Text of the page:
Jeb! is at 7.1%. Rubio is at 8.8%.Kasich and Christie collectively have 5.1%. Even if you throw in Fiorina, who while an outsider has been shilled for by the establishment, the establishment has 24.1%....less than a quarter of the vote and less than Teflon Don is pulling in himself. LOL

As an edgy tough guy who hates the establishment, man, this development is hilarious to me

http://elections.huffingtonpost.com...

Republicans are simply reaping what they've sown.

For years, they've posed as the party of small government liberty-lovers. They've railed against debts and deficits, but in office they've dramatically expanded those things... whereas Clinton, a Democrat, actually reduced the national deficit to zero. They've campaigned against increasing federal spending, but Reagan & GWB aggressively expanded federal budgets. Republicans give lip-service to free market capitalism, but orchestrated the TARP bailouts in 2008.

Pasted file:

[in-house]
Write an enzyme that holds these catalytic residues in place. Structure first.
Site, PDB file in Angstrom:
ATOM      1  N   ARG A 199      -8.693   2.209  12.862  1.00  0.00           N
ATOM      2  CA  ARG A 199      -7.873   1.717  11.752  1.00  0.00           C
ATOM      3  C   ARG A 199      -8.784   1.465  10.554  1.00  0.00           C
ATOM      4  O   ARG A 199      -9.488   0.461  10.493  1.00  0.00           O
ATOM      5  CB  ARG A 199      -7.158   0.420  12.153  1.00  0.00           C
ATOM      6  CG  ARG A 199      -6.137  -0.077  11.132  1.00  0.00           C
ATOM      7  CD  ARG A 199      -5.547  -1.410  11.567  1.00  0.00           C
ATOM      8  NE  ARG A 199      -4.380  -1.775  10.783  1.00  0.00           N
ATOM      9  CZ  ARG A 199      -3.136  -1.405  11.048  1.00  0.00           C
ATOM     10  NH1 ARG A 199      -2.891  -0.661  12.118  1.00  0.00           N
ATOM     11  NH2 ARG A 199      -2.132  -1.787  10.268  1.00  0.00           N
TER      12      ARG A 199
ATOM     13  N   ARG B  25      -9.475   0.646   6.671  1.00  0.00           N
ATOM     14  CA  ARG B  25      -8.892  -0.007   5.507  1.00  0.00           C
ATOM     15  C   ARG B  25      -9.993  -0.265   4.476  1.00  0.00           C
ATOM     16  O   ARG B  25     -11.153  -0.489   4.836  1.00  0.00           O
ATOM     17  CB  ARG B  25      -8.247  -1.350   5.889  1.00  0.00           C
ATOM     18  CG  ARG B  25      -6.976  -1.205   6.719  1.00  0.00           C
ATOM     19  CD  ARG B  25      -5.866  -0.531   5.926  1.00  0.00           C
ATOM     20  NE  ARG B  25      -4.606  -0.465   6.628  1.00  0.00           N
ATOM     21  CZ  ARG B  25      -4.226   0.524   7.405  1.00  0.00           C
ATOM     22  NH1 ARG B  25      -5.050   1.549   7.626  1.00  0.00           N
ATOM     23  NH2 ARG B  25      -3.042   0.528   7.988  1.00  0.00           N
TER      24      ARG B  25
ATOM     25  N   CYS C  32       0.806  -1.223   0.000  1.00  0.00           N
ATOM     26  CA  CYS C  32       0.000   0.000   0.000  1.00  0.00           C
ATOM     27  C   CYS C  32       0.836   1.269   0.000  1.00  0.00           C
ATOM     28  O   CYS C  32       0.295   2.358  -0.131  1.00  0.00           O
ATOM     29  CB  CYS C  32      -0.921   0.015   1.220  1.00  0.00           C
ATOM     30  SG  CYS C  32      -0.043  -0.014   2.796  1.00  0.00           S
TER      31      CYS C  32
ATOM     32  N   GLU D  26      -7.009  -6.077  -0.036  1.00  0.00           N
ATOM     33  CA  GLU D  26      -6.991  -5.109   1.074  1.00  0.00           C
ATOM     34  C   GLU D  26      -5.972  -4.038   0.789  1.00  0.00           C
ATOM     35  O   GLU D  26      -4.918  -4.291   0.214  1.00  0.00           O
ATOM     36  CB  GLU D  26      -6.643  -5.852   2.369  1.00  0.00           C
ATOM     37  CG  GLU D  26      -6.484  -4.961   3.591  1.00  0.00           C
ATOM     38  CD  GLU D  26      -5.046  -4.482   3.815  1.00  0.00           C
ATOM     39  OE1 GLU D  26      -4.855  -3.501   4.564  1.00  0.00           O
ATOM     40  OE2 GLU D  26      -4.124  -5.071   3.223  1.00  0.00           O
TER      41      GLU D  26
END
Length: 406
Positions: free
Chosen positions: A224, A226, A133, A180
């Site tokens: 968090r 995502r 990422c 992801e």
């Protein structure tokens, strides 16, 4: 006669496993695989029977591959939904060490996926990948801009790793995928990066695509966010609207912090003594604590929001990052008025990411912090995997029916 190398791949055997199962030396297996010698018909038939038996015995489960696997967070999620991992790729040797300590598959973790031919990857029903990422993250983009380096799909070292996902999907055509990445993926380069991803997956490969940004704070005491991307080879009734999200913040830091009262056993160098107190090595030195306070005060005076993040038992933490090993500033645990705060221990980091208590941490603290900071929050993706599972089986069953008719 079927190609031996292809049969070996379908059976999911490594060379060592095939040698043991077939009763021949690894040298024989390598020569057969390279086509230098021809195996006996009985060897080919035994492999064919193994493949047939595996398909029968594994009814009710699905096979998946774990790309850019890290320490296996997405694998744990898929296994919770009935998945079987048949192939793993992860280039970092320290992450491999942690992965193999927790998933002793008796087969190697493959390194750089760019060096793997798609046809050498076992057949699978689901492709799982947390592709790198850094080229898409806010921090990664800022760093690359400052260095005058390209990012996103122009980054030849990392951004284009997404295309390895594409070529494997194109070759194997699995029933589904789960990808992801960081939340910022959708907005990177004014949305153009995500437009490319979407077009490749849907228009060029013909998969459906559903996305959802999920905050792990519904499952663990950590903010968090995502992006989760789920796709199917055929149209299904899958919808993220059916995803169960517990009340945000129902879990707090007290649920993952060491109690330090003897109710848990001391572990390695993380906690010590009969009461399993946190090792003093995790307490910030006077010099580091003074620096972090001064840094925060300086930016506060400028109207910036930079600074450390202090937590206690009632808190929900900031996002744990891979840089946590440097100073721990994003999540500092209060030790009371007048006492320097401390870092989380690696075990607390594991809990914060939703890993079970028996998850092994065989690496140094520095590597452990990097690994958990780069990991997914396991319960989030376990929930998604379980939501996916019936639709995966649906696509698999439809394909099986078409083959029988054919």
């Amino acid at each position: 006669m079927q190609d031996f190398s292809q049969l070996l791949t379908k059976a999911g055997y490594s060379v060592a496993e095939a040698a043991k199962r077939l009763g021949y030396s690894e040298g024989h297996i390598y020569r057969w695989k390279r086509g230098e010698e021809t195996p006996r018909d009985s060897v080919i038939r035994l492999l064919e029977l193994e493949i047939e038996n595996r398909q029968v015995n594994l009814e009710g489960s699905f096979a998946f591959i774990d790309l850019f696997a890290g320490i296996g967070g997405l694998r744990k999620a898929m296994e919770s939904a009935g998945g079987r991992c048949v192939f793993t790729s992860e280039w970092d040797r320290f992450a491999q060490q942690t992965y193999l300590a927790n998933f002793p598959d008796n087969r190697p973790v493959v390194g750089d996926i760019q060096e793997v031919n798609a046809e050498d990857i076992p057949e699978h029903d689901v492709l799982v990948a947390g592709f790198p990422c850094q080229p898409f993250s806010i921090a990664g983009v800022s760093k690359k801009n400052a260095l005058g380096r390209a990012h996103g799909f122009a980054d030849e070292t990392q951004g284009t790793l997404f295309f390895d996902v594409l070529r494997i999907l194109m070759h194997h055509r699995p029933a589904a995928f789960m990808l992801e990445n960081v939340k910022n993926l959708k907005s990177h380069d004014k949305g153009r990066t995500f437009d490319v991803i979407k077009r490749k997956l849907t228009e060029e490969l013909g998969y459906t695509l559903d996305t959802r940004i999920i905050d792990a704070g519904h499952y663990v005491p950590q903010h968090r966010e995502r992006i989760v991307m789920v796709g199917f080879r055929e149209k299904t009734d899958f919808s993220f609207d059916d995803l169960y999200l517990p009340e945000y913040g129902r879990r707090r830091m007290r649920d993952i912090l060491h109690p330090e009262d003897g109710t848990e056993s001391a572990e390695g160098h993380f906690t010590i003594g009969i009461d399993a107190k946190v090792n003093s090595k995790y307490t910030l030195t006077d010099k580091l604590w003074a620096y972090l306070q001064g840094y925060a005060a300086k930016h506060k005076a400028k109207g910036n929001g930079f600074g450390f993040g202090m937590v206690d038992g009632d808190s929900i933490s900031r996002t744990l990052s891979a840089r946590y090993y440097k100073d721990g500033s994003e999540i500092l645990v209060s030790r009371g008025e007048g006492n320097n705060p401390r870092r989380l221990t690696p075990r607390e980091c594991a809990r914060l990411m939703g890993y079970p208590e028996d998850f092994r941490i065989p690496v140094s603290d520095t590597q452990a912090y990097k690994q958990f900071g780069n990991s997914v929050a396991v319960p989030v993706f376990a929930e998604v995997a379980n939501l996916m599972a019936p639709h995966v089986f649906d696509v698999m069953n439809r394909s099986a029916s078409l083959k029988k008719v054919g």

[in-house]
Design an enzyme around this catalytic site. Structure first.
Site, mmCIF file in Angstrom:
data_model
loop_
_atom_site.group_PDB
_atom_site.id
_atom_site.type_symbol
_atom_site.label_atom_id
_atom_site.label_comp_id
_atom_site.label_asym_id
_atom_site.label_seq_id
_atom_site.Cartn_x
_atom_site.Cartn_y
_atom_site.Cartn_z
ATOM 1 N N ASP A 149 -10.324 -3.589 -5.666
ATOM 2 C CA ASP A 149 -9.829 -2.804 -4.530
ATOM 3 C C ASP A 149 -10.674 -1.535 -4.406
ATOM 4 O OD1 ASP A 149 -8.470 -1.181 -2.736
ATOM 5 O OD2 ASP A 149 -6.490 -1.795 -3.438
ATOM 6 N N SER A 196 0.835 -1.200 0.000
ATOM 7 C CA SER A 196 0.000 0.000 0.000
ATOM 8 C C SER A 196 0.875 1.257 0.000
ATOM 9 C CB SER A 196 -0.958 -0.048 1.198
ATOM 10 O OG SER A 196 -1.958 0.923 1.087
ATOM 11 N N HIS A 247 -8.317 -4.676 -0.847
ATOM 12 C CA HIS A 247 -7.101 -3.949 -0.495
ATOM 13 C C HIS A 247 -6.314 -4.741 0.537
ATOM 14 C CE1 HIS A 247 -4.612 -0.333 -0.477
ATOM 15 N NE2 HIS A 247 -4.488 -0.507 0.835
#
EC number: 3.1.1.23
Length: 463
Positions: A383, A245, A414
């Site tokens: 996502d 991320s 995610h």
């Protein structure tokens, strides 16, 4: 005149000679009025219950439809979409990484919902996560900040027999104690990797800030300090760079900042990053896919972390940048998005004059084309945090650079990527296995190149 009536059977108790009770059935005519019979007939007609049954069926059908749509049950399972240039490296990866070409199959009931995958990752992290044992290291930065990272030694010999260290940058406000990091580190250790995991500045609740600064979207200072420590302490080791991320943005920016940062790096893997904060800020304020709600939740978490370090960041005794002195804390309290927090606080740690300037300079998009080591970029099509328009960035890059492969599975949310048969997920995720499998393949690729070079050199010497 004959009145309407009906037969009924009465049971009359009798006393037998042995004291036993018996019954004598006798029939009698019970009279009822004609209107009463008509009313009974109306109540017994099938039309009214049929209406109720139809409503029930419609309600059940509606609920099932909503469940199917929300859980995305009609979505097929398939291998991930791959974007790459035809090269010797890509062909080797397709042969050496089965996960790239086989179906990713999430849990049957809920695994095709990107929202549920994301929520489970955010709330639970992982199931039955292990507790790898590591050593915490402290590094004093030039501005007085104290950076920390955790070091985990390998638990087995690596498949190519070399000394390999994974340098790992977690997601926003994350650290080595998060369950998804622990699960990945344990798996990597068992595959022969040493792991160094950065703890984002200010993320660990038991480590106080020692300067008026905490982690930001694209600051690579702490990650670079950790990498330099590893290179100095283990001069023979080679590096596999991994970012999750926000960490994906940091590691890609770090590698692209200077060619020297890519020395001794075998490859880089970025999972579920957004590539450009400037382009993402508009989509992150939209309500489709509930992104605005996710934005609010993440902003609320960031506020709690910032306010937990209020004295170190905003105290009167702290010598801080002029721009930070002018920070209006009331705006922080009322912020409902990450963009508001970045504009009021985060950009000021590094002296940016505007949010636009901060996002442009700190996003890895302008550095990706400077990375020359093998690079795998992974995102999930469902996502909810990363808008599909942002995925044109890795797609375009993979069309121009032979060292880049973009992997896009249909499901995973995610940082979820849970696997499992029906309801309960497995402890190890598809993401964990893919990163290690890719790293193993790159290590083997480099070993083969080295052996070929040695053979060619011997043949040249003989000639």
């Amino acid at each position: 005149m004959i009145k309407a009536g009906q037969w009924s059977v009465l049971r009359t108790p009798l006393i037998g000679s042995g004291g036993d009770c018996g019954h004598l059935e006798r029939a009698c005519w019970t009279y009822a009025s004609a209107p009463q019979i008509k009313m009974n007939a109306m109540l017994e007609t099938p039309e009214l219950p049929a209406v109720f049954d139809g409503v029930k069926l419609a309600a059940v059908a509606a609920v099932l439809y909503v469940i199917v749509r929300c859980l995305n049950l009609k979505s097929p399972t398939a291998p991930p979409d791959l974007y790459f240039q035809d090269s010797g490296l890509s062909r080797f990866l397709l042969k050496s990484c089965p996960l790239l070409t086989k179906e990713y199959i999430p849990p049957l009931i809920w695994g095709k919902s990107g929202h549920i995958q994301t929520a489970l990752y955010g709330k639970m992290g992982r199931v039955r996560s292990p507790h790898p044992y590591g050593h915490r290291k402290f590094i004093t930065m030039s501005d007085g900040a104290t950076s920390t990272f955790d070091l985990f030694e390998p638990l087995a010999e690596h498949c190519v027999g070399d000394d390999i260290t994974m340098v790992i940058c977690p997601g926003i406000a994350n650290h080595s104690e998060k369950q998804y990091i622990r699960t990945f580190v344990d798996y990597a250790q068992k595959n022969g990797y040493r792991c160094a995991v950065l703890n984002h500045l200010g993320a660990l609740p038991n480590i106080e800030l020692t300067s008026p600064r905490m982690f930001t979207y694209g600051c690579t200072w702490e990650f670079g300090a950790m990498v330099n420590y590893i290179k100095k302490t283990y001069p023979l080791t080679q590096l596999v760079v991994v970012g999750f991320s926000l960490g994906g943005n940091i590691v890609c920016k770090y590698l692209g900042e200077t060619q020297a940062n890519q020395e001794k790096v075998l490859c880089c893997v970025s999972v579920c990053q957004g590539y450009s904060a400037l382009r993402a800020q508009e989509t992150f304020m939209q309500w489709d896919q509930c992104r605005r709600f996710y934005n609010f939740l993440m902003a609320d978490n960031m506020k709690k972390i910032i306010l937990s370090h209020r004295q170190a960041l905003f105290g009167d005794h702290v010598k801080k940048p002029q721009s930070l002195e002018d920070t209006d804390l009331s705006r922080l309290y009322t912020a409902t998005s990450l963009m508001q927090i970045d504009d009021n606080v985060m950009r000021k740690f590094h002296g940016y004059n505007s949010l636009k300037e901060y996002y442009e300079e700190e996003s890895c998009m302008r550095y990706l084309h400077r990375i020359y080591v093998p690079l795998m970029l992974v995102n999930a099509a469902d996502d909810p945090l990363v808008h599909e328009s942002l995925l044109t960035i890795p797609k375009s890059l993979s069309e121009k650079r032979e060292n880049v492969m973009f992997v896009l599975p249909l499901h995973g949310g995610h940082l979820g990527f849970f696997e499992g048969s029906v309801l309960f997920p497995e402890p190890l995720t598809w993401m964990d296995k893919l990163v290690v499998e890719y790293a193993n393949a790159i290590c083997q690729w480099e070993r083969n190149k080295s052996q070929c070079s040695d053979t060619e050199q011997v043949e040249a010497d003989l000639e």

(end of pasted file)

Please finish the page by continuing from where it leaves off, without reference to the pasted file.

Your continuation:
Republican administrations haven't lived up to their promises. Even with control of congress, a significant portion of Republicans see McConnell and Boehner as traitors. The anti-establishment base brought down Majority Leader Cantor in the primaries. Republican leaders have fed this beast for years, using it for votes and support, but now the beast is fed up with flip-flopping politicians. The beast is hungry. And from the POV of the Republican establishment -- the donor class, the political elite, and what's left of Republican moderates -- the beast is out of control.